NYTimes writes about how social networking sites are portending a change in how relationships form:
Danah Boyd, a sociologist, says that the real world has a set of properties, which she calls architectures. With its deceptively simple set of features, her thinking goes, Friendster bends or replaces all of the real-world architectures.
For instance, when two people speak to each other, they assume their conversation is fleeting, but e-mail and instant messaging, by making that conversation persistent, offer a new architecture. When two people greet each other on the street, neither can see (nor hope to grasp) the range of the other’s social network. For that matter, no individual can see information about his or her own social network: who knows whom, and how.
Friendster offers a mix of architecture-changing tools and technologies: e-mail, a profile (which offers a persistent presentation of self) and a coarse representation of a social network. “Friendster is an architectural change,” Ms. Boyd said. “It’s not a mimicry of a change; it’s a total change.” Once the early users of Friendster discovered these new architectures, they began to play with them. That’s how Friendster evolved from a dating site into something else.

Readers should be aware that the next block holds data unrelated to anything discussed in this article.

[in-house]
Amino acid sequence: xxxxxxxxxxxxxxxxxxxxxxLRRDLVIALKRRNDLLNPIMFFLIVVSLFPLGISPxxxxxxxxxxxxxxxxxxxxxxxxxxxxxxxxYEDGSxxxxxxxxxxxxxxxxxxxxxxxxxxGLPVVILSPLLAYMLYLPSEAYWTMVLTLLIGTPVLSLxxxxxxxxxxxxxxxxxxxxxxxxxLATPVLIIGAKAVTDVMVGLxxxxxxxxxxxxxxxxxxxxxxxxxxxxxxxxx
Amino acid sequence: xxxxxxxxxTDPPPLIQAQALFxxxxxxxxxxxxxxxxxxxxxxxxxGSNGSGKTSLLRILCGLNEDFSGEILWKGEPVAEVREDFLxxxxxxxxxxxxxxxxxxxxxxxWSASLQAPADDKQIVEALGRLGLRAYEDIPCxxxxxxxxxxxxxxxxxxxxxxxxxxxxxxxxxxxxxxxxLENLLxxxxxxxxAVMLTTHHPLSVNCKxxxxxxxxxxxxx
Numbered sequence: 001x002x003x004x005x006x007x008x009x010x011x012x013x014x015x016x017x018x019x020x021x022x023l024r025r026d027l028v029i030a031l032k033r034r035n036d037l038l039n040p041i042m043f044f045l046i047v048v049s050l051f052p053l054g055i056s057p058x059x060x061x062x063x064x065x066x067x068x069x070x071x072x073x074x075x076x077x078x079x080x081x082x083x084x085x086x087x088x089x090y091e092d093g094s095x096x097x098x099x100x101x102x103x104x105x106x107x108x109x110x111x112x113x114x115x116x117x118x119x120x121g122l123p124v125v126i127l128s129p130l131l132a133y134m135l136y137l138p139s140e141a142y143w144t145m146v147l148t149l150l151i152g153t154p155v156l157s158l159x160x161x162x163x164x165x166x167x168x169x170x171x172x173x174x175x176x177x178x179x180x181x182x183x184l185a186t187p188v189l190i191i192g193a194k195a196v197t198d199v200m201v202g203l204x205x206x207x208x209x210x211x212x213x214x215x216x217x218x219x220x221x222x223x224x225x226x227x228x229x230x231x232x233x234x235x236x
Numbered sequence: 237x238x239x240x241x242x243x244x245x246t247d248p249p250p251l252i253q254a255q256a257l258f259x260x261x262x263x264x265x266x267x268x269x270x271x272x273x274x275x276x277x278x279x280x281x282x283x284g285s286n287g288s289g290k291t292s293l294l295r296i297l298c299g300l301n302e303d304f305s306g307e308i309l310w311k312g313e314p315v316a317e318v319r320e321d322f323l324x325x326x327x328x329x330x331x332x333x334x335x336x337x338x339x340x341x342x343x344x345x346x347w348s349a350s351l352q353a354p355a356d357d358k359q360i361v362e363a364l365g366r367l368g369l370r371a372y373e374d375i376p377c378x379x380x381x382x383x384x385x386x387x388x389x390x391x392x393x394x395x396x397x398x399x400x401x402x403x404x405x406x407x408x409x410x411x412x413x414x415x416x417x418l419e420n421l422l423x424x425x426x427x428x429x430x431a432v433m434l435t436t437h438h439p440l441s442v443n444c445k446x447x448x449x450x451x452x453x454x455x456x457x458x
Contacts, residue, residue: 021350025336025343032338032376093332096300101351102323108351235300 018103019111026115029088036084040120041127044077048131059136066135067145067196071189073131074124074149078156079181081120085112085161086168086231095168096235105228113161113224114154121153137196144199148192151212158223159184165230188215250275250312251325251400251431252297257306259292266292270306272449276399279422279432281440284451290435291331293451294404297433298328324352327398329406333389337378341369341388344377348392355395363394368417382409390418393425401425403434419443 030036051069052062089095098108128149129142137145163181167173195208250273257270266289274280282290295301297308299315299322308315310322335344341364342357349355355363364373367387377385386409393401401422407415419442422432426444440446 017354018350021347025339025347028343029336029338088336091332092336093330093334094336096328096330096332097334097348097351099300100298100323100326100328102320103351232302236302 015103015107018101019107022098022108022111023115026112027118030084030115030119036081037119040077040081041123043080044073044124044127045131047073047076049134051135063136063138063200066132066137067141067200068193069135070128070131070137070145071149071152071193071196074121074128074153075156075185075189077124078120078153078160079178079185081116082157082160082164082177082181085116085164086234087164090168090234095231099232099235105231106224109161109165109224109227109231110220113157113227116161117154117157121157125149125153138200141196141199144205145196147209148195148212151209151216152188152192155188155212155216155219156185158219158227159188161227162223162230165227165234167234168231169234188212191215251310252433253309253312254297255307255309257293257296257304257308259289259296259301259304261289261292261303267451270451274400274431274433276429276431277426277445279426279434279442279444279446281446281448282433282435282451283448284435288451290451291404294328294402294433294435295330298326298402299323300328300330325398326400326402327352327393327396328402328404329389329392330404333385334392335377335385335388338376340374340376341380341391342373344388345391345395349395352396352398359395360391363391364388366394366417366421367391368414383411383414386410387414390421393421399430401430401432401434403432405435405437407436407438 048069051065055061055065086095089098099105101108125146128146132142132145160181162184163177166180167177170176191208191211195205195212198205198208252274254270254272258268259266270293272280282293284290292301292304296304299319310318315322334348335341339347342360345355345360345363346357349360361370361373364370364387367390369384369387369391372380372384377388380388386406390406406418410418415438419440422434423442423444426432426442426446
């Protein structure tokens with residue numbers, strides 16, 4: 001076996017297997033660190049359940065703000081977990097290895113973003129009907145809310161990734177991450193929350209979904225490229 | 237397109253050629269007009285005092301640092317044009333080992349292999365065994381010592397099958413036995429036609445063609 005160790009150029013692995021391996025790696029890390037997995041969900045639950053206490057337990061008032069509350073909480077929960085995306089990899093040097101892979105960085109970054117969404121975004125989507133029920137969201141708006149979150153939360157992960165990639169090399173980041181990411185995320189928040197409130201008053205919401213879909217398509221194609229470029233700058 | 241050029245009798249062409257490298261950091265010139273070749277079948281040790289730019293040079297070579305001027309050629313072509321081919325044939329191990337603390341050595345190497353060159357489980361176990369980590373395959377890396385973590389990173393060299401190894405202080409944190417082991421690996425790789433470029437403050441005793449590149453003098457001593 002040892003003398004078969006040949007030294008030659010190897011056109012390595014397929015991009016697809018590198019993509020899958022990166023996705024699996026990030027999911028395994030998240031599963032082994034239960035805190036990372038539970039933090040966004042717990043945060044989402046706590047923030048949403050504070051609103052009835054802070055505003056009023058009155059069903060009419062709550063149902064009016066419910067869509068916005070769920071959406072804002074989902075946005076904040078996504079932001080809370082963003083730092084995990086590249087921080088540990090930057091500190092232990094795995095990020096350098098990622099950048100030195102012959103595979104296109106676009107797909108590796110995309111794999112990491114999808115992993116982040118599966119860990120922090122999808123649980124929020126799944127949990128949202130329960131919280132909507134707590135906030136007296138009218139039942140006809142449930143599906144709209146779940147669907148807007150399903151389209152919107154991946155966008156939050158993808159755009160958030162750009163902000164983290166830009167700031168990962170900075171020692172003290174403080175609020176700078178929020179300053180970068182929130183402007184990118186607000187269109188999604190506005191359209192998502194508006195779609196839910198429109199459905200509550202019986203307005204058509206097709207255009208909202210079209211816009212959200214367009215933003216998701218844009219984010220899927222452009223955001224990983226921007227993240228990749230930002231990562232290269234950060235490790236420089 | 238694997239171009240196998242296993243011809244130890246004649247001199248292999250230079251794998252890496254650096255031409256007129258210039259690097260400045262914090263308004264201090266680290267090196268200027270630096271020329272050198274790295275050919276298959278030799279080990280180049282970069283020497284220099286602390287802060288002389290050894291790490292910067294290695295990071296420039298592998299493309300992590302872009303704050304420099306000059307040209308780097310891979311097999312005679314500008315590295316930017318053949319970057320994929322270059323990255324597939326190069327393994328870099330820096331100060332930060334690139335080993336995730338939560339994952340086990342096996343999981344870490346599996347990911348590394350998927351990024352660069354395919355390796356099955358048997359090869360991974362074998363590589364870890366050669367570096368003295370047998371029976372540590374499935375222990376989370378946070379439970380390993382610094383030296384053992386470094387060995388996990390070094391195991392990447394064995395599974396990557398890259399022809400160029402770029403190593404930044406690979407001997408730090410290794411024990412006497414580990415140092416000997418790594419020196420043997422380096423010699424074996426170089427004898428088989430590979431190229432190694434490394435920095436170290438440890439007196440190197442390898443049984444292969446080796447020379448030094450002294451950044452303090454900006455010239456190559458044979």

[P]eople’s social curiosity turned [Friendster] into a place where everyone becomes the center of an unfolding drama (or comedy) of connections.
This is [a] mistake that Friendster and other sites make, Ms. Boyd contends. The site is built on the premise that friendship is transitive; that is, that if A is a friend of B, and B a friend of C, then A can be a friend of C, too.
But friendship develops in social contexts, Ms. Boyd says; it doesn’t just flow through the pipes of a network. “Just because you’re friends with somebody doesn’t mean their friends are similar in the type of context you are with your friends,” she said. Unless the social networking sites adapt to how people need to use them, she said, the sites will not succeed.